San Francisco Ballet
Thursday, March 12, 2009, 8PM
With “Swan Lake” packed up, San Francisco Ballet is churning out several mixed bills, and last night’s opening of Program 4 presented timeless works and a more recent, yet questionable, addition.
Antony Tudor’s “Jardin Aux Lilas” melds intricate emotion and circular, unrestrained movement into a compact spin through love, lust, and gutrenchingly difficult life choices, all at a moonlit garden party. “Jardin” moves through streams of consciousness, throttling forward as Caroline, danced with raw emotion by Lorena Feijoo, wrestlesbetween her future and her heart. Sofiane Sylve played coy and jealous, showing added dimension as the strong yet possessive mistress of Caroline’s stoic husband-to-be, Pierre François-Villanoba. This marriage of convenience doesn’t seem convenient to anyone, really, but before Caroline and The Man She Must Marry walk down the aisle, she and her lover, Ruben Martin, share a passionate but unresolved goodbye. Tudor’s movement still rings fresh, some 70 years later, and violinist Roy Malan’s tearful and discontented final note rang true, reminding me that not all choices are for love and happiness, but sometimes for some other grand purpose.
Balancing “Jardin’s” sorrowful tone was Jerome Robbins’ “The Concert,” set to the music of Frederic Chopin, and staged by Jean-Pierre Frohlich. Sarah Van Patten’s hammy Ballerina immediately caused the audience to break out into boisterous, unapologetic snorts with her adoration and forceful slap-turned-bear-hug of Michael McGraw’s grand piano, and the good times just kept rolling with Erin McNulty’s prissy wife and Pascal Molat’s uncommitted but hysterical husband. The rest of the cast didn’t disappoint either, with the corps of women journeying through a side-splitting lesson on timing and a few very obvious and appreciative glances at ballet’s extremes. I’m curious to know what other casts might do with this special work, especially Vanessa Zahorian as the Ballerina. Comedic timing worthy of “Whose Line is it Anyway?” and first-rate ballet aren’t normally thought of in the same vein, but maybe choreographers should rethink things because “The Concert” was rip-roaring fun and, again, like “Jardin,” relevant and highly enjoyable years after its debut.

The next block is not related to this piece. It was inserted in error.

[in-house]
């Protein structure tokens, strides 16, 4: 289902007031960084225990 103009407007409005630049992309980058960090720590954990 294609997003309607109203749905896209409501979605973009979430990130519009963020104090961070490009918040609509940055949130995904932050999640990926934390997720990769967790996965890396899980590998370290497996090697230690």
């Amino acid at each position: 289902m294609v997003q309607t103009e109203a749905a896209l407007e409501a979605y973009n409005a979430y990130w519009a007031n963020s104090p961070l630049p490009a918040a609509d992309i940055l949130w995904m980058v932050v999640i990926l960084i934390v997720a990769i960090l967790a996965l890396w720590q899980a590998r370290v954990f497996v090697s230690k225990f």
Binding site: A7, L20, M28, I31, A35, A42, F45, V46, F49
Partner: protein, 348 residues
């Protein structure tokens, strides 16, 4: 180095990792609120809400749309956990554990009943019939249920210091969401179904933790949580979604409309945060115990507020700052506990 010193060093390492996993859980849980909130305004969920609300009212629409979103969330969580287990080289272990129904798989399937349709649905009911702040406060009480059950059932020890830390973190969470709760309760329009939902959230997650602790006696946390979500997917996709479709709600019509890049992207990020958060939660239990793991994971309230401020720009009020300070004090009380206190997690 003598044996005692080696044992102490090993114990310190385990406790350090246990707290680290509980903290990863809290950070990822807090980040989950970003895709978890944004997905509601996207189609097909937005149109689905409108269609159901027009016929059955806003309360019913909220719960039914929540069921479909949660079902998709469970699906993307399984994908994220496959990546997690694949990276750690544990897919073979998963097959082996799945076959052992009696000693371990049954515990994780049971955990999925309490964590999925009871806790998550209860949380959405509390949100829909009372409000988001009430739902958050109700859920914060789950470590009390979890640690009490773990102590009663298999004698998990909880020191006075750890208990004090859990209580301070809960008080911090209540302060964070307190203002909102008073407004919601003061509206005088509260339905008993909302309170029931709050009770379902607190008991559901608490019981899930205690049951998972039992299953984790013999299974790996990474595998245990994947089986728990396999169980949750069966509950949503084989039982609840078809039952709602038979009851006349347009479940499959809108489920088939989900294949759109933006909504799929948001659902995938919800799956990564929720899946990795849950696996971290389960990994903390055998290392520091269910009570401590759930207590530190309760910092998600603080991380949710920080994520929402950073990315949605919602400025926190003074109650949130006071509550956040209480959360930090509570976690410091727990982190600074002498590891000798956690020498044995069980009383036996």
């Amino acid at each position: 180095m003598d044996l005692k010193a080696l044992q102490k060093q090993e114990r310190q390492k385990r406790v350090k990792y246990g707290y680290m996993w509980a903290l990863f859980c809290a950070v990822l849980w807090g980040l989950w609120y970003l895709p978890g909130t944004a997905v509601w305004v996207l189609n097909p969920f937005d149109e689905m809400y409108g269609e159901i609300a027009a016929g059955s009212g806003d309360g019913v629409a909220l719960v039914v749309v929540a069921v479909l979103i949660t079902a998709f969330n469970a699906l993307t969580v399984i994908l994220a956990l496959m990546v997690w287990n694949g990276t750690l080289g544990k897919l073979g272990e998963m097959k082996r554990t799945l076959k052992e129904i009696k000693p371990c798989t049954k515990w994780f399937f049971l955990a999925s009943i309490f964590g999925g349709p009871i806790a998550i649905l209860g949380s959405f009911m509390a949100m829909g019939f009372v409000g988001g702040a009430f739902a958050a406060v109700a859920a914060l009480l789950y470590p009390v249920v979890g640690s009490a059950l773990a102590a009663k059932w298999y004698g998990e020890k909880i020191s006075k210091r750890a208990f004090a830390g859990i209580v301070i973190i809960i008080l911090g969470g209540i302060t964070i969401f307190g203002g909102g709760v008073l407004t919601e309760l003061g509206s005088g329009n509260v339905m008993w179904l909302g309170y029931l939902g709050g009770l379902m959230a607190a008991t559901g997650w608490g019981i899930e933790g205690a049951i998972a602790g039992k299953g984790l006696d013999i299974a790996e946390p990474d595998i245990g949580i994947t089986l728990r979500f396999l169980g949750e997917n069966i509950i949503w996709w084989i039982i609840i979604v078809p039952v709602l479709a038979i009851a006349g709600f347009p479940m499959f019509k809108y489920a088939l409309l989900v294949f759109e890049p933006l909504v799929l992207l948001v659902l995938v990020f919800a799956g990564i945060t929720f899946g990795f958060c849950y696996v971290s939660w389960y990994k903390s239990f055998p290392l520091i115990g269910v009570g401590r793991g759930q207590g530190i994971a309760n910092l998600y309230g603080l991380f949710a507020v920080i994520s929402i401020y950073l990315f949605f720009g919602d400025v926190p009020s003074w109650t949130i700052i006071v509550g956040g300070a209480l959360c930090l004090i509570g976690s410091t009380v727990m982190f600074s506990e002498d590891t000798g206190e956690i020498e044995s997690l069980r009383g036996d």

Seeing these two after Helgi Tomasson’s encore of “On a Theme of Paganini” made it even clearer that Tomasson, while a wonderful and well respected artistic director, isn’t meant to choreograph. Last night, I scratched my head, trying to figure out why “Paganini” returned, and my gut tells me that if it were any other choreographer, it would have been shelved or majorly retooled. In “Paganini,” Tomasson’s ballet vocabulary mixes traditional with those associated with George Balanchine: 180 degree kicks, open hips, and flexed hands. He also leans on awkward, jagged karate-like jumps and, while they’re certainly unique, they’re not eye pleasing or consistent, which, combined with the large sections of unison and lack of emotion or impetus, tended to make the dancers, from the principals to the corps, look messy and hesitant. The high point of “Paganini” came in the packages of the smaller, focused sections like the pas de deux featuring Maria Kochetkova and Davit Karapetyan in a tender moment of quiet retreat. Nice yes, but four minutes couldn't ease the pain.
“Jardin aux Lilas” and “The Concert” alone are worth the price of admission, and I hope both return next year. They’re oldies, but goodies.
So two dancers walked into a barre...